And compared to beeswax it is quite soft - probably softening at about 40C, compared to 64C for honey bee wax..
So, I don’t think you will be able to harvest much wax from the nest - and before this you are going to have to dig up the nest !!
I will add some photos of B. lapidarius nests so you can see what you are looking for - but will have to do this later.
I hope this helps !
PS PHOTOS about B. lapidarius nest, the wax covering they use etc. going into separate posts on this thread - I think this will be simpler to achieve than multiple edits of this Post ! Clive
22 August 2012 07:18 PM #4
thank you Clive, I have decided to leave the nest well alone and see if a new colony arrives next year. I can only see one entrance and exit, in fact they must have something like layby because there are so many coming and going.
when we moved to this house there were lots of overcrouded conifers that had to be removed and the nest is just where the branches of one would have been, it is now all lawn and there are no buildings nearby. we have created other dry arears in shade that will not be disturbed and so may have more than one colony in the future.
looking forward to the photos, thanks
25 August 2012 05:01 PM #5
Here are some photos of a B. lapidarius nest that I was asked to re-locate from it’s “wild original place” which was beneath a deep accumulation of dead beech leaves trapped by the wind underneath a child’s garden bench, which was up against a panelled fence.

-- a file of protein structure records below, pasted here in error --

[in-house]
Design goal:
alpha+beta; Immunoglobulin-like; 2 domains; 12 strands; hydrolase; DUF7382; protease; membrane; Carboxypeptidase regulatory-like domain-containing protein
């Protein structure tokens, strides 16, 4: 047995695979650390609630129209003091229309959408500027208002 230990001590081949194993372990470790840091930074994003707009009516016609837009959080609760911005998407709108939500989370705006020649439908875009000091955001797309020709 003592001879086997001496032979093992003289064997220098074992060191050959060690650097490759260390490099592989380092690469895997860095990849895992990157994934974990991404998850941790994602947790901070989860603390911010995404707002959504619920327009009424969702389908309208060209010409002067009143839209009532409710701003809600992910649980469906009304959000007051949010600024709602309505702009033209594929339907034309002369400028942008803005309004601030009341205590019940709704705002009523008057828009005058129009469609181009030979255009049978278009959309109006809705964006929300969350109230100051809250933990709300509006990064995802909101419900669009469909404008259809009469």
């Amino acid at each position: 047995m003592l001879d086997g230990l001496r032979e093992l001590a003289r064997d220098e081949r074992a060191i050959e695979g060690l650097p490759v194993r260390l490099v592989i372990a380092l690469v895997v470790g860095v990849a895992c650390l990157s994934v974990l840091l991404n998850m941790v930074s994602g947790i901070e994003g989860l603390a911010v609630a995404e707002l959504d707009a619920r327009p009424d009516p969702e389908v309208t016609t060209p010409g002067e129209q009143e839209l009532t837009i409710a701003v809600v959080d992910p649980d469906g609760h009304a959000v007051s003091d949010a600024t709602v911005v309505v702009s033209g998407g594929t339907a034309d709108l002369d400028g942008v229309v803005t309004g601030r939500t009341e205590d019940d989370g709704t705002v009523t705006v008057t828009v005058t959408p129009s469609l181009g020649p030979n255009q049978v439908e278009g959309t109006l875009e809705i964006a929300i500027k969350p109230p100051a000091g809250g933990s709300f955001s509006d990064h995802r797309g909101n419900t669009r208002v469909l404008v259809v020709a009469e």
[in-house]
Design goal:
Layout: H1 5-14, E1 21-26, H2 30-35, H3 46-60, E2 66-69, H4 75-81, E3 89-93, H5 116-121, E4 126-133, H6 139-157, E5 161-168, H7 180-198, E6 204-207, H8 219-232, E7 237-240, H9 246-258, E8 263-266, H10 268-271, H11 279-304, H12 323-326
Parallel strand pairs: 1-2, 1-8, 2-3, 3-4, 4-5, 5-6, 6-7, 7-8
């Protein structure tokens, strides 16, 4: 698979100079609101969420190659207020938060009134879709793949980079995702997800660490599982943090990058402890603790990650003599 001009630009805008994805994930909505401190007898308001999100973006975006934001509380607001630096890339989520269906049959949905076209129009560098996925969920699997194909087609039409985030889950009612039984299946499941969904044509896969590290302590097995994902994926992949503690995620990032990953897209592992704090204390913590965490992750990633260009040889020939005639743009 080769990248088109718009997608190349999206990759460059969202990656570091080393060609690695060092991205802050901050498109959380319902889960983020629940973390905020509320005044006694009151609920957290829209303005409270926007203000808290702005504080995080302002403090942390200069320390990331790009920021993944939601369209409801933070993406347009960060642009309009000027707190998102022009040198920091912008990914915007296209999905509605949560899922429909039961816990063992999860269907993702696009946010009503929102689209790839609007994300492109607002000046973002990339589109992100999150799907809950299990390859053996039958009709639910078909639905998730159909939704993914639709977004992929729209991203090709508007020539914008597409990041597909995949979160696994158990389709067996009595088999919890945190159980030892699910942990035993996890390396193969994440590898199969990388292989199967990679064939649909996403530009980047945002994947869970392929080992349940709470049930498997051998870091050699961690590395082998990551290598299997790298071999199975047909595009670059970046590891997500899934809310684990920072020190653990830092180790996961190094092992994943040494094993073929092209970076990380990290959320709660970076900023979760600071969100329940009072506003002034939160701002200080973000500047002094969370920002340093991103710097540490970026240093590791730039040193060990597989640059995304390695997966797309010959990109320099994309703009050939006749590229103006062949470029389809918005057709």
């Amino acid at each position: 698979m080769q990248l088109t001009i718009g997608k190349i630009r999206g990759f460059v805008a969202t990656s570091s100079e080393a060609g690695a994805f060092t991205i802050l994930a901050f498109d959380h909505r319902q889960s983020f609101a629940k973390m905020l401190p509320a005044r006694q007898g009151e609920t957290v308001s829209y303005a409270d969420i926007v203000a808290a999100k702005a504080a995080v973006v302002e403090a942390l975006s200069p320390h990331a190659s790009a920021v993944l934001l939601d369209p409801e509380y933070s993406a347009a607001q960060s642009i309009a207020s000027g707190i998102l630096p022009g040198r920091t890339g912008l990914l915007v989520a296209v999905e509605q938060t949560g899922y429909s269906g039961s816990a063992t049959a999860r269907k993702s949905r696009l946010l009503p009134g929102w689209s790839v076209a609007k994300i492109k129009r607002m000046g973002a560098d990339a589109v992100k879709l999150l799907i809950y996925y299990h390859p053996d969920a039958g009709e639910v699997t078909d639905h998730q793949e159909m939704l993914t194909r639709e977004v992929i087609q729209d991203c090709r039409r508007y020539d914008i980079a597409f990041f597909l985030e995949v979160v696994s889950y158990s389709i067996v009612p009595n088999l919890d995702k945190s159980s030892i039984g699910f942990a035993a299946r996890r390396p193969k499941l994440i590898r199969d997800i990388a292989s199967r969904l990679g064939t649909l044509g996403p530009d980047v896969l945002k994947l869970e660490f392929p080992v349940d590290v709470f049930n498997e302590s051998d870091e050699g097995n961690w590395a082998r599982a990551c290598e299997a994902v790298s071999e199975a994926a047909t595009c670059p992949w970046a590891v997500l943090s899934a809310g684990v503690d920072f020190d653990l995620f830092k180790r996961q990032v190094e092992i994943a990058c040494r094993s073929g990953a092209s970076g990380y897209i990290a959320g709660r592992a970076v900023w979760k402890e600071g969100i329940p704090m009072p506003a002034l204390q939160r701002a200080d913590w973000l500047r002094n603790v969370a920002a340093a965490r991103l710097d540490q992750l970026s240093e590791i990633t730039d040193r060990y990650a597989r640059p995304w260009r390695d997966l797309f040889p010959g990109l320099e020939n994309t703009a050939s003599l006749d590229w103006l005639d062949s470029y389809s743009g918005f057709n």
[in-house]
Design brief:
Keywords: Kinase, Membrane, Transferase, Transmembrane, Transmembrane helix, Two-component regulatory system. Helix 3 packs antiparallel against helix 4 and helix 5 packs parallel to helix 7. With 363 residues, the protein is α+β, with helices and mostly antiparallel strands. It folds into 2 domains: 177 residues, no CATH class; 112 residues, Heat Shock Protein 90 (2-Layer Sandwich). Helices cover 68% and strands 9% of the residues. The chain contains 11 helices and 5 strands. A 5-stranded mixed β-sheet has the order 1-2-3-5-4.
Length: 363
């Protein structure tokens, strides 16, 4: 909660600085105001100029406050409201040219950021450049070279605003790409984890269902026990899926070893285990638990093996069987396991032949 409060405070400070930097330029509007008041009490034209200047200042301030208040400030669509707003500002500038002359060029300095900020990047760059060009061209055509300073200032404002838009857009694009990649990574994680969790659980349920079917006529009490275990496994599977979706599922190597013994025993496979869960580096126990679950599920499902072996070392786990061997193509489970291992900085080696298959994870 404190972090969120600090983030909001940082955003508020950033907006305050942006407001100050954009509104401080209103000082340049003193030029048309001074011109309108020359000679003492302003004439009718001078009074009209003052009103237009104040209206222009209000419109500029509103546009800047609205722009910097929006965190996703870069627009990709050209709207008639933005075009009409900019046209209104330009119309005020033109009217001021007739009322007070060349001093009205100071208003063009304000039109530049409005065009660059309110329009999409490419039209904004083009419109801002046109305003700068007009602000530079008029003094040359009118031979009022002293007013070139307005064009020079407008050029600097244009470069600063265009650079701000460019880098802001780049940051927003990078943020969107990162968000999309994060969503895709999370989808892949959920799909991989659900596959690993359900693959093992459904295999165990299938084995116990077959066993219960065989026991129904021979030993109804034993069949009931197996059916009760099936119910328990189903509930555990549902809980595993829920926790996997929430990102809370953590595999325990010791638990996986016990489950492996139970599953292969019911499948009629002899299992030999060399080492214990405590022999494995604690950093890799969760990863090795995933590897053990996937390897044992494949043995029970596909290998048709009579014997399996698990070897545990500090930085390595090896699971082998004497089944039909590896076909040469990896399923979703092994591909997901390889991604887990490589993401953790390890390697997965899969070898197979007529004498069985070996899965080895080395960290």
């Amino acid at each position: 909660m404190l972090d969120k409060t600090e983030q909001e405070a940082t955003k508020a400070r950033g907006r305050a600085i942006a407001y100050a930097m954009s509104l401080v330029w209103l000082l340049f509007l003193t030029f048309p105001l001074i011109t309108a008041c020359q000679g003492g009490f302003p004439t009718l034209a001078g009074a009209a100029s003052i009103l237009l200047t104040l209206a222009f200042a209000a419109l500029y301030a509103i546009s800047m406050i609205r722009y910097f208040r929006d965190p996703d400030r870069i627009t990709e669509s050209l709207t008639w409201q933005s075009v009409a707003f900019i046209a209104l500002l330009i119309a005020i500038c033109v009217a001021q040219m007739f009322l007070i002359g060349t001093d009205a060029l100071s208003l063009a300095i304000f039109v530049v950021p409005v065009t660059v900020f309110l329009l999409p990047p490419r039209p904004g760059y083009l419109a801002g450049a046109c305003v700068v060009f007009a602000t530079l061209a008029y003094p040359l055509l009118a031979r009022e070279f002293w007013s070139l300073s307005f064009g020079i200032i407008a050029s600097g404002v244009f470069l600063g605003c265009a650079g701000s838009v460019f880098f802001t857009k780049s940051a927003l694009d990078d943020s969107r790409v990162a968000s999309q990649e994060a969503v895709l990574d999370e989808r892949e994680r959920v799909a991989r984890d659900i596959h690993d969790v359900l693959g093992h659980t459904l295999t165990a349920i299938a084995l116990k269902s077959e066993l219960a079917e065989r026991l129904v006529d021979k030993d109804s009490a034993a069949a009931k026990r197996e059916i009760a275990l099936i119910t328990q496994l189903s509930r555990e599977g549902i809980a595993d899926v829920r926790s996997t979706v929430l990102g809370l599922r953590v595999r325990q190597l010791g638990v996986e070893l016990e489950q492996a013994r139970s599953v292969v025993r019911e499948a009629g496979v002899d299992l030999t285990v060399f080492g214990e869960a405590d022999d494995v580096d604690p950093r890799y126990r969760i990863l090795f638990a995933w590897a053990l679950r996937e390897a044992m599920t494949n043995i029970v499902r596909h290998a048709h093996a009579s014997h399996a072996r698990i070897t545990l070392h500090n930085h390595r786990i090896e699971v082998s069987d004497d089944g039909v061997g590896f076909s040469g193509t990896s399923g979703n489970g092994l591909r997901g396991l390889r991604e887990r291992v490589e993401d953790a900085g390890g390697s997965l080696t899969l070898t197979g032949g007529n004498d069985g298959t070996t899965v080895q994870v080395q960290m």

I had to clear the beech leaves away to expose the nest, then lift it into my BB box, then catch all the bees !
You can see some of the brown wax covering that this species uses to cover their nest, and some of the comb.
Hopefully the photos will allow you to visualise your own nest.
I don’t know how many photos I can add, so it may involve several posts !
The file names of the photos should explain what to look for !!
25 August 2012 05:09 PM #6
25 August 2012 05:17 PM #7
Now here is the colony’s comb much later in the cycle.
It is in a wooden BB box, made to the protocol given in Prys-Jones & Corbet’s book Bumblebees.
Note the silk which is a sign of BB Waxmoth (Aphomia sociella) attack, also the large number of old and now empty cocoons.
25 August 2012 05:36 PM #8
Here now is a photo showing a cluster of B. lapidarius workers at the entrance to their new home location.
The dead grass piled around the entrance to the plastic tubing which forms an entrance tunnel to their nest is an old “Beekeeper’s trick” the bees have to crawl through it to get out of the nest - and doing so alerts the bees to the fact their normal landing point has changed in appearance - or location: so they need to re-check where they have just come from when they take off.
The white plastic blocks are visual pointers to the bees to help them recognise the entrance point, so land safely.
Unfortunately I can’t recall the background time-details of this photo.
For there to be so many bees present at once makes me think that either they were about to fly off on “orientation flights” which are looping spirals and when they learn how to recognise where they are now living.
Alternatively they might be worker bees who are a reception committee of Guard Bees waiting to inspect bees arriving at the nest !
Or they might even have just come out for a “natter” about their recent experiences !! (I’m joking.)